I was supposed to fly to Mississippi today for the dedication service for the dormitory addition at the Heritage UMC in D'Iberville, MS, that we United Methodists in Indiana have built to house work teams to help with the on-going response to Hurricane Katrina. It would have been a good day to celebrate our partnership with the Mississippi Conference, and I was looking forward to seeing the finished results of our generosity.

But when I arrived at the airport early this morning to fly down there, I was informed by a very courteous airline agent that all flights to Houston were cancelled due to bad weather and that there was no other way to route my trip to Mississippi to arrive in time for the dedication service. The airline agent was remarkably calm, especially since several people in line in front of me were incredibly rude to her. One person in the line kept shouting, "This is unacceptable!" Clearly his travel plans were being delayed (the airline agent got him on a later flight), but his reaction and his temper were rude.

When I approached the agent and she politely explained the situation to me, I said something like, "This makes for a tough day for you." She shrugged her shoulders and said, "The weather is beyond our control, so we just have to adapt."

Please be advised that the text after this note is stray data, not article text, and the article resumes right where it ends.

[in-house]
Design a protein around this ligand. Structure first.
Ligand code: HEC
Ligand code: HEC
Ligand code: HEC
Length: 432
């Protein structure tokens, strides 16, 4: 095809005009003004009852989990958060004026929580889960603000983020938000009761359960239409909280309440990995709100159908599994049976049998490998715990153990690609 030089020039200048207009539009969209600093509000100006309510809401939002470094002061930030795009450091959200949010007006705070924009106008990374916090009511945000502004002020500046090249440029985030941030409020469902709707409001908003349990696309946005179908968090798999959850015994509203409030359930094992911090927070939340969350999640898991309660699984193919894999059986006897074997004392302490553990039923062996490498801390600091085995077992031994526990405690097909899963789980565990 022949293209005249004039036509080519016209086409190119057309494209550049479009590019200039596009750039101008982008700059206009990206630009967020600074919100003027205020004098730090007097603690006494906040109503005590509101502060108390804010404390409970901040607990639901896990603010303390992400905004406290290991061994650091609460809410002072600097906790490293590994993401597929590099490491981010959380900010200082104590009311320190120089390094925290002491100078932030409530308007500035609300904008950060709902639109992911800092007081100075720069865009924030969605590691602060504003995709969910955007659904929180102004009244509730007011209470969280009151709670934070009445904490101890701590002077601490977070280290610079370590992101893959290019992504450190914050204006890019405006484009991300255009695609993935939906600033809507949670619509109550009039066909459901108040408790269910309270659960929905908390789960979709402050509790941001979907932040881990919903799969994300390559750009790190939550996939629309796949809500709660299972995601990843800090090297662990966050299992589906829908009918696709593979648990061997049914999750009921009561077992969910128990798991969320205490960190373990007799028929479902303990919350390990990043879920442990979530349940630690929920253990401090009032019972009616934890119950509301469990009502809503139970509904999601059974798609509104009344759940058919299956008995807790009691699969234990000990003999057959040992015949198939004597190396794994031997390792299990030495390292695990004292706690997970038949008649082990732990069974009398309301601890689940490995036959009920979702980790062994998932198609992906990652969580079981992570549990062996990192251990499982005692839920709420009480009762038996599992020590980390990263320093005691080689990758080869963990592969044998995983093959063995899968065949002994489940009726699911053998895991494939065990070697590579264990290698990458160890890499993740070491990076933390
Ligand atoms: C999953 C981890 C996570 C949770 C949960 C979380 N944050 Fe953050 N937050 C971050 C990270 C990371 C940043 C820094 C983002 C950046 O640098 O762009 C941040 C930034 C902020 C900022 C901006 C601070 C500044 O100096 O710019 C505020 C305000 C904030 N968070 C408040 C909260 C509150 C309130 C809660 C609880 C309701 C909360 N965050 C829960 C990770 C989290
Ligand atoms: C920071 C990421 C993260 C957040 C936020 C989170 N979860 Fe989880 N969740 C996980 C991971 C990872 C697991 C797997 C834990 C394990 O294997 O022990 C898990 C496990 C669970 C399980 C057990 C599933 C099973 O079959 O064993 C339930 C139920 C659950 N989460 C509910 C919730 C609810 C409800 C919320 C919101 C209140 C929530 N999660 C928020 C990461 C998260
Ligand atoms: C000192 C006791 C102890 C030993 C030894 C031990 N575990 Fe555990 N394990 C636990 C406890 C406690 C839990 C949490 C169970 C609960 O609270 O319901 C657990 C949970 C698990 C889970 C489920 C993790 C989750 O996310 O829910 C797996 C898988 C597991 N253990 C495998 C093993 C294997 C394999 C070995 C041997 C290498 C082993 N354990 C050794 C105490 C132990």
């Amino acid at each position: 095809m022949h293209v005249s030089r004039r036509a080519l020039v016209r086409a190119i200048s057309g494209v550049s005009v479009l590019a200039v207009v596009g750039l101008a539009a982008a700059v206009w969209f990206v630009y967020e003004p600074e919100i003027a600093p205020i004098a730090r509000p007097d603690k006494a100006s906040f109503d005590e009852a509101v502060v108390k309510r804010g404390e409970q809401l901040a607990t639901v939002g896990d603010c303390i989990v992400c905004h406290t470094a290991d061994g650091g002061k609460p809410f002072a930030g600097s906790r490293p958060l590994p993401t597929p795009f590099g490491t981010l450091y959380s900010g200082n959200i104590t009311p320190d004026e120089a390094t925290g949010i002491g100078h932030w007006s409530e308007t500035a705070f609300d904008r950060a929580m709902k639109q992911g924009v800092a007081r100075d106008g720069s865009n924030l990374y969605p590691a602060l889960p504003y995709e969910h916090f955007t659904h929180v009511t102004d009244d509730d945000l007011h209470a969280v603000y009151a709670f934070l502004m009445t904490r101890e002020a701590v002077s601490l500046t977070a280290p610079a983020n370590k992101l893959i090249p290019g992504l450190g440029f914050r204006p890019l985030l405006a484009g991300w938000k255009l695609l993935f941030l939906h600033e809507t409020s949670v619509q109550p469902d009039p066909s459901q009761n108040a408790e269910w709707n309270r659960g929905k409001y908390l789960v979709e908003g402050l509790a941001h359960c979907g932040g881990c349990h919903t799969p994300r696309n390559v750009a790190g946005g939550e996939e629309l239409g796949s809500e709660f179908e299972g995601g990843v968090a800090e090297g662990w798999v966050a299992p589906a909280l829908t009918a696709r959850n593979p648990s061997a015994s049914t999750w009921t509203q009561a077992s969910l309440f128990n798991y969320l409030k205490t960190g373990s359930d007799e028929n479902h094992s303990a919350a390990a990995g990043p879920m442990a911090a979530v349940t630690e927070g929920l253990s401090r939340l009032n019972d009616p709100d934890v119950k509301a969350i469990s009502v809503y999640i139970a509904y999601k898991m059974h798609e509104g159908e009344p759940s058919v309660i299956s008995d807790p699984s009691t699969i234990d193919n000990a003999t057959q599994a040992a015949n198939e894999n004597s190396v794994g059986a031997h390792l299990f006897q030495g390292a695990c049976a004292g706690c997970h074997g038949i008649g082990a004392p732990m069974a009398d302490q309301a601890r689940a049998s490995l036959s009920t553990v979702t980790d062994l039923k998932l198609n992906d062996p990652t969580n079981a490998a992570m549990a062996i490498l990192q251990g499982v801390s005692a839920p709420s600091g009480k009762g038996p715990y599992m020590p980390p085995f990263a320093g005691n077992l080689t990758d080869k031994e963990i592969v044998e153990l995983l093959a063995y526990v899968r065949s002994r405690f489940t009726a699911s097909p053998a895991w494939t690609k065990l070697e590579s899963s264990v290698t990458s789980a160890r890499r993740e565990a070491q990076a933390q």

I share this story because I have encountered several people lately who have demonstrated a remarkable ability to adapt to situations which are beyond their control. Some have been persons dealing with bad health, others have dealt with the sudden loss of a loved one, still others have adjusted patiently to new job situations. These persons have reminded me -- once again -- that the real measure of our maturity and our faith is how we handle those things in life which are out of control. How do we respond to sudden changes which are beyond our control? Some get upset, look for someone to blame, and react badly. Others adapt, respond with grace, and move forward to find new solutions. The difference? Attitude, maturity, flexibility, and the faith to make the best of tough situations. One of my favorite Bible verses is from Romans 8:28 which is translated in the Contemporary English Version this way: "We know that God is always at work for the good of everyone who loves him. They are the ones God has chosen for his purpose." It takes faith, maturity, experience, and flexibility to make that affirmation, doesn't it? Even when it seems that life is beyond our control, we can relax, adapt, and trust that God works through all things for good. So I did not make it to Mississippi today, but I was reminded again how to adapt. May God help all of us to deal with those "beyond our control" situations and to adapt.

from Bishop Michael J. Coyner